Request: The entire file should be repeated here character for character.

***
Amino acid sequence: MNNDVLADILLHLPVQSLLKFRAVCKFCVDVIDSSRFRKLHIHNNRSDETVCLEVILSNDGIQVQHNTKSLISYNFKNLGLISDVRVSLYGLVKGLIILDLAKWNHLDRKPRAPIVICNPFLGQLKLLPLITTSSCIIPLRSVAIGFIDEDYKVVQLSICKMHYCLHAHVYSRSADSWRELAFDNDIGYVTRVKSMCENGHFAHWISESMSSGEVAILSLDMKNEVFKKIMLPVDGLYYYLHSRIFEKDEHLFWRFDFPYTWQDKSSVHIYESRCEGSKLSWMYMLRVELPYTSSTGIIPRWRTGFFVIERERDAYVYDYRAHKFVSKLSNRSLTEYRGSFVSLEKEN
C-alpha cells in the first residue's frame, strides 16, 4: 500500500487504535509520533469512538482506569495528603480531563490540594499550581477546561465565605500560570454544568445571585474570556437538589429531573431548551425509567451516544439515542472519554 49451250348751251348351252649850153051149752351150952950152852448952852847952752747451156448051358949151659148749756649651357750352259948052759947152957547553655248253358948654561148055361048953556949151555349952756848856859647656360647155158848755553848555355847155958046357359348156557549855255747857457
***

Amino acid sequence: MNNDVLADILLHLPVQSLLKFRAVCKFCVDVIDSSRFRKLHIHNNRSDETVCLEVILSNDGIQVQHNTKSLISYNFKNLGLISDVRVSLYGLVKGLIILDLAKWNHLDRKPRAPIVICNPFLGQLKLLPLITTSSCIIPLRSVAIGFIDEDYKVVQLSICKMHYCLHAHVYSRSADSWRELAFDNDIGYVTRVKSMCENGHFAHWISESMSSGEVAILSLDMKNEVFKKIMLPVDGLYYYLHSRIFEKDEHLFWRFDFPYTWQDKSSVHIYESRCEGSKLSWMYMLRVELPYTSSTGIIPRWRTGFFVIERERDAYVYDYRAHKFVSKLSNRSLTEYRGSFVSLEKEN
C-alpha cells in the first residue's frame, strides 16, 4: 500500500487504535509520533469512538482506569495528603480531563490540594499550581477546561465565605500560570454544568445571585474570556437538589429531573431548551425509567451516544439515542472519554 49451250348751251348351252649850153051149752351150952950152852448952852847952752747451156448051358949151659148749756649651357750352259948052759947152957547553655248253358948654561148055361048953556949151555349952756848856859647656360647155158848755553848555355847155958046357359348156557549855255747857457